Looking back after HRC’s First 100 Days


CK MacLeod

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15 Responses

  1. Avatar North says:

    Reads plausible enough.Report

  2. Avatar Alan Scott says:

    Um, what?

    This reads like bad fanfic.Report

    • Avatar North in reply to Alan Scott says:

      I’d agree that Cuba seems unlikely.. and I am very dubious that HRC will be “losing” to her GOP opponent within the course of the main campaign. Maybe if she phoned it in really bad?Report

  3. Avatar Kolohe says:

    I’m unimpressed by any of their prognostications (though, to be fair, I had Perry as HRC’s opponent in the ultimate showdown of ultimate destiny).

    No way Cuba falls apart that way with the current rapprochement to the US and the visible efforts of the Castro boys to pass power to a handpicked successor. Maybe in 5-10 years something like that happens, but not in 2016.

    The article makes no mention of HRC talking about race, (well, about the status of African-Americans in US society, there’s lots in there about hispanics), which, as the other thread demonstrates, she’s going to have to do. The policies of ‘the contract with the middle class’ are stuff the Sanderistas want, but marketing like that would alienate those portions of the progressive left that think it’s throwing the working class and poor under the bus. (and doesn’t do anything to address structural racism)Report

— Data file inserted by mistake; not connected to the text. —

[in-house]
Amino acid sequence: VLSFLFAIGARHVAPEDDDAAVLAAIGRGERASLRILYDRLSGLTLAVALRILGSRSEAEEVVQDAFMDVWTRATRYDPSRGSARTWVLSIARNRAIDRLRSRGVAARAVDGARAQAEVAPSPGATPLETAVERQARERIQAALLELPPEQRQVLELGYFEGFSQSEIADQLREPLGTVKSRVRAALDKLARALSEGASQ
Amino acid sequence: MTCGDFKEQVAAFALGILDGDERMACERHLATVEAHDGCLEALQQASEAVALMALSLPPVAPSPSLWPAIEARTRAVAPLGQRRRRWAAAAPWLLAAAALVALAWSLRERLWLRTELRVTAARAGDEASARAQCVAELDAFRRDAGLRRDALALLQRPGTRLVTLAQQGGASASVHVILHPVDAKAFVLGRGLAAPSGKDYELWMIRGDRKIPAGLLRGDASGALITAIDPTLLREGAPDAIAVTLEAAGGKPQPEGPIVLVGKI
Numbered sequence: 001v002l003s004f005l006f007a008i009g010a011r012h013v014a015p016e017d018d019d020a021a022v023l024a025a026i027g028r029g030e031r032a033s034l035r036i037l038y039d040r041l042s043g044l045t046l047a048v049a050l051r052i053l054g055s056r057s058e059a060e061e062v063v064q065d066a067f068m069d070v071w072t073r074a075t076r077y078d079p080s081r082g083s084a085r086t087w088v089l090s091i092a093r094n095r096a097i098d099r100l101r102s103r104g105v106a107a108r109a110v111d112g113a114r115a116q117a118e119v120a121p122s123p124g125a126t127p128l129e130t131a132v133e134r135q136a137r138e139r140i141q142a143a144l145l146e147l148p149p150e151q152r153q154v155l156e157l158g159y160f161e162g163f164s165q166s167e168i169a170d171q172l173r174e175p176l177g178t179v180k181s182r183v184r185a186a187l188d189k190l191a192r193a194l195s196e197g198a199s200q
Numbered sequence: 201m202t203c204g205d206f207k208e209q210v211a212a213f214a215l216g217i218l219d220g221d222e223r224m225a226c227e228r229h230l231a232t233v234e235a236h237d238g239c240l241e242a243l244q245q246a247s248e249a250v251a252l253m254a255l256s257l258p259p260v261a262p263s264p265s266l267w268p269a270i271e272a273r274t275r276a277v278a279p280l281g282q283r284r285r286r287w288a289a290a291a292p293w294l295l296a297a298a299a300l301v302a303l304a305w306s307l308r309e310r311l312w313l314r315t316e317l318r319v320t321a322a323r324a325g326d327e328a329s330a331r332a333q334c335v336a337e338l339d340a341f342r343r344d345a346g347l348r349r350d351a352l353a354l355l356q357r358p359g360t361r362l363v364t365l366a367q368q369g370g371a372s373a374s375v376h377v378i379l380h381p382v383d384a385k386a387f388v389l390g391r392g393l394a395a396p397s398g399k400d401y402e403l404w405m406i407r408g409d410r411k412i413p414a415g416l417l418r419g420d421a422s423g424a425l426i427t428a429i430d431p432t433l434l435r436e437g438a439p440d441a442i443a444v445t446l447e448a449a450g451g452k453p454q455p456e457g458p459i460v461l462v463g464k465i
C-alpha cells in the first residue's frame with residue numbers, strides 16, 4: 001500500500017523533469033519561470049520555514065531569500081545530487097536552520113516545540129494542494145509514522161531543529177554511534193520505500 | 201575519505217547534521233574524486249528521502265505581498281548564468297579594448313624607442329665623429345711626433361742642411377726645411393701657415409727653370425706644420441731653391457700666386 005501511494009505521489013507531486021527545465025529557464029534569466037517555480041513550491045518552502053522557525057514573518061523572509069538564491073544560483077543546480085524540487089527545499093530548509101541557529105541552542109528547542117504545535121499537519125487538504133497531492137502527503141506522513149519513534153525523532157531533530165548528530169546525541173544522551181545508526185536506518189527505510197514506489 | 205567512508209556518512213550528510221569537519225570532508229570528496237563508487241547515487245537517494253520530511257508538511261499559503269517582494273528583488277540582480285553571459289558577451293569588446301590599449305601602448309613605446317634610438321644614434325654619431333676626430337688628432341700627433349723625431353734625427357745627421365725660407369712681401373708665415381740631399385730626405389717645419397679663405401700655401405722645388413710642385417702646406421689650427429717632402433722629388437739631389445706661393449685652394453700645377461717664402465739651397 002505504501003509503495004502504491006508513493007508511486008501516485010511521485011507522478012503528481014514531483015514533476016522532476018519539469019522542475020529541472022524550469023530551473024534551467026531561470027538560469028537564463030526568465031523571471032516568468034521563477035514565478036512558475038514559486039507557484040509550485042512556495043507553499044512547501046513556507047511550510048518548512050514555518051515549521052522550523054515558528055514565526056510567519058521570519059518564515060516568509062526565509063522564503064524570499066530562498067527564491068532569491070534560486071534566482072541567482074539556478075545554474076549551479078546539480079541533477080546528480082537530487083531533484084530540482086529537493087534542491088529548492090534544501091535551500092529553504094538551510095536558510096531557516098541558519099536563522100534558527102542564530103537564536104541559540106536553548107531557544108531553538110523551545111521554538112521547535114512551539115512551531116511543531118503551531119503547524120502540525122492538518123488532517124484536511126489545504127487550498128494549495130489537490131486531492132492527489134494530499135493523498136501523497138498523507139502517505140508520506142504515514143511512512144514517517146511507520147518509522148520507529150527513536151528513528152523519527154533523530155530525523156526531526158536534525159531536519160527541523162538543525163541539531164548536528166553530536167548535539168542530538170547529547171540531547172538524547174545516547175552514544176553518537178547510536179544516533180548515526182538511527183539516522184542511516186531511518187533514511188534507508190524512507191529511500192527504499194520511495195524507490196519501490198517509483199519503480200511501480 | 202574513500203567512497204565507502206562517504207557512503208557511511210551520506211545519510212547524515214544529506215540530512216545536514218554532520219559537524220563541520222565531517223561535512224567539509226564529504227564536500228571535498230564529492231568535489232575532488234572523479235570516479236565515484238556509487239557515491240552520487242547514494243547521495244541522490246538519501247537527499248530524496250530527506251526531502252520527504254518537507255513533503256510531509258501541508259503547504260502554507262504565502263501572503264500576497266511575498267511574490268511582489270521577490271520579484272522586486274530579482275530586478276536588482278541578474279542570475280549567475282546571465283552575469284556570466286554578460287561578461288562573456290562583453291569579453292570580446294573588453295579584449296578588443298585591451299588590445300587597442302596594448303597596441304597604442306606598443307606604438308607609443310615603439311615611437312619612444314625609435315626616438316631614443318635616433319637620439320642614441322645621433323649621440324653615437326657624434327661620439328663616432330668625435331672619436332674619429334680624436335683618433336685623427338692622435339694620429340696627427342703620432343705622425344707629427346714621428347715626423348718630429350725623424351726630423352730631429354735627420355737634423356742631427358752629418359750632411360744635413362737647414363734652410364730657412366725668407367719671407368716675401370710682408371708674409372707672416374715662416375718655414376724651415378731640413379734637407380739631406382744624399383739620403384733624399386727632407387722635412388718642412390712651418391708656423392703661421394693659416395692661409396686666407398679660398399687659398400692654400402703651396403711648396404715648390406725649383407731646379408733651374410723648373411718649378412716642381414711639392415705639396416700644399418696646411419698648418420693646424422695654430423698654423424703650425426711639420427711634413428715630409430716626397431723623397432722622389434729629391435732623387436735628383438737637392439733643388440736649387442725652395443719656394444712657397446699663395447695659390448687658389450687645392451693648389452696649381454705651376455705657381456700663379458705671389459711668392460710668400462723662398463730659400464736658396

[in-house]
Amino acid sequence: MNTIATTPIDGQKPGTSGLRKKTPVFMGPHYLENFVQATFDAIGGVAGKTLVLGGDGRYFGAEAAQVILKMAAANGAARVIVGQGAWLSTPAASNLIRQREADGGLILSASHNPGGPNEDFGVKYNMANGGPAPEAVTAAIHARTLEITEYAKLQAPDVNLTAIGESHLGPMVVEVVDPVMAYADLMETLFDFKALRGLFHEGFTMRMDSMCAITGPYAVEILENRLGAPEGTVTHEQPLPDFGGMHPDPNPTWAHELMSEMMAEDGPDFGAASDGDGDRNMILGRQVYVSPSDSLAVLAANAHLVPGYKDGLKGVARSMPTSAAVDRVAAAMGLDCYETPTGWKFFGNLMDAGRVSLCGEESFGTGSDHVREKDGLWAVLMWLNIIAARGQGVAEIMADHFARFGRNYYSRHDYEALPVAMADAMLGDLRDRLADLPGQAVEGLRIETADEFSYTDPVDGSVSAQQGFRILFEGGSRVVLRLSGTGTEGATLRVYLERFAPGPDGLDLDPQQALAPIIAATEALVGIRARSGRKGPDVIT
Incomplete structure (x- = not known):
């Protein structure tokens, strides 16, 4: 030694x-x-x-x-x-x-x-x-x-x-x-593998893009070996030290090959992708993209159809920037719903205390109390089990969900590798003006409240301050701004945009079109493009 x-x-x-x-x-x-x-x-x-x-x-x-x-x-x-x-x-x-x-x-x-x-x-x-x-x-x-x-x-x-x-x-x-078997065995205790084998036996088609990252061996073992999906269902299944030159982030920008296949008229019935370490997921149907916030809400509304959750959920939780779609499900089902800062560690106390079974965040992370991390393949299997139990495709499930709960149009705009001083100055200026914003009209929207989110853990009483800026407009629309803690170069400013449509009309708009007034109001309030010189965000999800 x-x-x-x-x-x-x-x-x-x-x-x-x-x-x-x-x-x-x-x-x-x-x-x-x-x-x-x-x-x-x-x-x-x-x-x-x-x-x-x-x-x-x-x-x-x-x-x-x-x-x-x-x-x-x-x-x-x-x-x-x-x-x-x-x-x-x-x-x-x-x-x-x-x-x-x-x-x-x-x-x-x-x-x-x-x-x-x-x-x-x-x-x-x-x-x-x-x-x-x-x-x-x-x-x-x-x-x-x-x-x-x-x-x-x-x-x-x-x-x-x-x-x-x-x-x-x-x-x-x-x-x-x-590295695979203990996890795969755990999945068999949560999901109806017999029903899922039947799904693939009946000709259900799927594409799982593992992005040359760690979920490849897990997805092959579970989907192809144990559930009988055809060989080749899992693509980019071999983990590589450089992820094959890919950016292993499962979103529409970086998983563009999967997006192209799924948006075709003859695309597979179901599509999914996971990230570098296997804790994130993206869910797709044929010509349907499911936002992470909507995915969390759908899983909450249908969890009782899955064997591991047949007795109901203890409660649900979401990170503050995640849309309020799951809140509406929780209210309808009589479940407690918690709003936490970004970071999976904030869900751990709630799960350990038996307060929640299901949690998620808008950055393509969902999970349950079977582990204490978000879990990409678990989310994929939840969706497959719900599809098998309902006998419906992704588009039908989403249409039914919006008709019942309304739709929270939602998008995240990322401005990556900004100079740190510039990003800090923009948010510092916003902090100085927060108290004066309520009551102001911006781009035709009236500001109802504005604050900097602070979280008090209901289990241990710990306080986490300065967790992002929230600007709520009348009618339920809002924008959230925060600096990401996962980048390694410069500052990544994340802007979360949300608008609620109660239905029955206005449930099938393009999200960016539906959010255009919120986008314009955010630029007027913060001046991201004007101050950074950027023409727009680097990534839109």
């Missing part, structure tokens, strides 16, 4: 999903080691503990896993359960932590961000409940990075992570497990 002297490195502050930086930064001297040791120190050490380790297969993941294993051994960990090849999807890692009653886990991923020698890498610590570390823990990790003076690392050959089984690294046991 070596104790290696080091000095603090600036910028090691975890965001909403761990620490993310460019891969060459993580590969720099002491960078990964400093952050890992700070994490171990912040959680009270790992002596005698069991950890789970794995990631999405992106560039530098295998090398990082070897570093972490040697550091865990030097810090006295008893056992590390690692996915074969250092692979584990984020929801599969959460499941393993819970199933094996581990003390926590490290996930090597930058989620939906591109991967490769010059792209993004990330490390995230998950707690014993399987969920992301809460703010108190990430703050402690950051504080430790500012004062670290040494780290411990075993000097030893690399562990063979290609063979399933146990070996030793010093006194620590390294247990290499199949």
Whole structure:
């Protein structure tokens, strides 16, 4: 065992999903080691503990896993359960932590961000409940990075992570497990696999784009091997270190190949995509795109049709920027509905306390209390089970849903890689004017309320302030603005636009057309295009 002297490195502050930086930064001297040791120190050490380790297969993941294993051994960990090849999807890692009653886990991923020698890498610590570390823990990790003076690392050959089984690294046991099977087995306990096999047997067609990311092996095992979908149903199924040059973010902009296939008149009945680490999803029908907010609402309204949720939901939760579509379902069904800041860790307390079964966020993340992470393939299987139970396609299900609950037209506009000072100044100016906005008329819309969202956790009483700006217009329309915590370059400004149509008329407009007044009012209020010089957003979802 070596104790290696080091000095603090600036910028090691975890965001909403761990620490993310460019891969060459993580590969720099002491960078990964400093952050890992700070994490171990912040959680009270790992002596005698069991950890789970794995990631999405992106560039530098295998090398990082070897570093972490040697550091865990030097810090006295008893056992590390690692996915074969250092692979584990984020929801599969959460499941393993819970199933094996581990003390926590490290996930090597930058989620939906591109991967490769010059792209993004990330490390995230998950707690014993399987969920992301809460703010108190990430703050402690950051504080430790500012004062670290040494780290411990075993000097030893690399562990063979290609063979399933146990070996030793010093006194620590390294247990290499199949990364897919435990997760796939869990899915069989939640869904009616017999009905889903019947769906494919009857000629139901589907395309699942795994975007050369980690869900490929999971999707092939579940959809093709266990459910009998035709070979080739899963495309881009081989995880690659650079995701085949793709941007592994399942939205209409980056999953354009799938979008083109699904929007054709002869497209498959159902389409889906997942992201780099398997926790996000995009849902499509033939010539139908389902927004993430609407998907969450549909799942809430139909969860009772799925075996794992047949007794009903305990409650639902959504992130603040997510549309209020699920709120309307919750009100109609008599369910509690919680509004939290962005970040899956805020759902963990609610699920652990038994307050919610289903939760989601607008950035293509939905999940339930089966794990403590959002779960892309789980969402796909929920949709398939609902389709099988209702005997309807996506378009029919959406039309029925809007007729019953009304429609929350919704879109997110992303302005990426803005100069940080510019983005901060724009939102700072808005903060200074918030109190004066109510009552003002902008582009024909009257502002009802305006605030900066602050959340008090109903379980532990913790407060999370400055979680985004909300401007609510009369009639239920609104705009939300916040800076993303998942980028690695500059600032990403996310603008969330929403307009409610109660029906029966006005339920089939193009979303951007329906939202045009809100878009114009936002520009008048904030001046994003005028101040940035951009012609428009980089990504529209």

• Avatar CK MacLeod in reply to Kolohe says:

      What the article gets kind of right (tho it’s possible we’ll have a snooze of an election – those do happen, too) is that issues emerge over the course of a campaign, either from the campaign, in the course of external events, or in combination, that no one anticipates, but that at the same time are not thoroughly random either.

      No one in mid-late 2007 anticipated the financial panic, and Republicans were still thinking that national security in War on Terror/War in Iraq terms would be a decisive issue, thus Giuliani’s big (empty) lead and McCain’s durability despite his disastrous pre-campaign (in which was virtually reduced to thumbing rides to events after his team imploded). One of the things holding his up was his support for the Iraqi Surge – which hardly anyone was talking about a few months later.